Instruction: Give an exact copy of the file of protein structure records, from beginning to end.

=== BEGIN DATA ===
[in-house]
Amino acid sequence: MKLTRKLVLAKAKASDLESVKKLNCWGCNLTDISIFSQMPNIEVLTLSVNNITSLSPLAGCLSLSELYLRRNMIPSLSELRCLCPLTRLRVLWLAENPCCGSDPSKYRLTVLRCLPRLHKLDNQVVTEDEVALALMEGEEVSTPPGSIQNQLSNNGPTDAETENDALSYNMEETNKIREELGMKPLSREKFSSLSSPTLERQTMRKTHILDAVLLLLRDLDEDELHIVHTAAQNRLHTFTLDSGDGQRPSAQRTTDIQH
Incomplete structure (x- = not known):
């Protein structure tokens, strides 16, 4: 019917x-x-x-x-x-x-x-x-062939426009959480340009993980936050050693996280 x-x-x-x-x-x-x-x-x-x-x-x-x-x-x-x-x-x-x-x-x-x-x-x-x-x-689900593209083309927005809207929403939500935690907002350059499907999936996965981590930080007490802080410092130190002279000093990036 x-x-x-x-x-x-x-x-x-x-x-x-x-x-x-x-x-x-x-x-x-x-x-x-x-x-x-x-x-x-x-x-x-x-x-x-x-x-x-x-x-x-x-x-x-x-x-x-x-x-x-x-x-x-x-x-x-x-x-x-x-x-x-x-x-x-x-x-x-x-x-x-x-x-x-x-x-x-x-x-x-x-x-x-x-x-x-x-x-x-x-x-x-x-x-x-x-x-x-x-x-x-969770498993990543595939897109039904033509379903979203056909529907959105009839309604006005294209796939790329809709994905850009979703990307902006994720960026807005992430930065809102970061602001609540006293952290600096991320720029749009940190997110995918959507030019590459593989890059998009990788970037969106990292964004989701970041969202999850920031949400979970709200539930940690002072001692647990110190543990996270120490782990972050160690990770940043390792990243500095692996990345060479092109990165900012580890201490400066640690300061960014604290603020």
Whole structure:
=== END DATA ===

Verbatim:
[in-house]
Amino acid sequence: MKLTRKLVLAKAKASDLESVKKLNCWGCNLTDISIFSQMPNIEVLTLSVNNITSLSPLAGCLSLSELYLRRNMIPSLSELRCLCPLTRLRVLWLAENPCCGSDPSKYRLTVLRCLPRLHKLDNQVVTEDEVALALMEGEEVSTPPGSIQNQLSNNGPTDAETENDALSYNMEETNKIREELGMKPLSREKFSSLSSPTLERQTMRKTHILDAVLLLLRDLDEDELHIVHTAAQNRLHTFTLDSGDGQRPSAQRTTDIQH
Incomplete structure (x- = not known):
């Protein structure tokens, strides 16, 4: 019917x-x-x-x-x-x-x-x-062939426009959480340009993980936050050693996280 x-x-x-x-x-x-x-x-x-x-x-x-x-x-x-x-x-x-x-x-x-x-x-x-x-x-689900593209083309927005809207929403939500935690907002350059499907999936996965981590930080007490802080410092130190002279000093990036 x-x-x-x-x-x-x-x-x-x-x-x-x-x-x-x-x-x-x-x-x-x-x-x-x-x-x-x-x-x-x-x-x-x-x-x-x-x-x-x-x-x-x-x-x-x-x-x-x-x-x-x-x-x-x-x-x-x-x-x-x-x-x-x-x-x-x-x-x-x-x-x-x-x-x-x-x-x-x-x-x-x-x-x-x-x-x-x-x-x-x-x-x-x-x-x-x-x-x-x-x-x-969770498993990543595939897109039904033509379903979203056909529907959105009839309604006005294209796939790329809709994905850009979703990307902006994720960026807005992430930065809102970061602001609540006293952290600096991320720029749009940190997110995918959507030019590459593989890059998009990788970037969106990292964004989701970041969202999850920031949400979970709200539930940690002072001692647990110190543990996270120490782990972050160690990770940043390792990243500095692996990345060479092109990165900012580890201490400066640690300061960014604290603020």
Whole structure: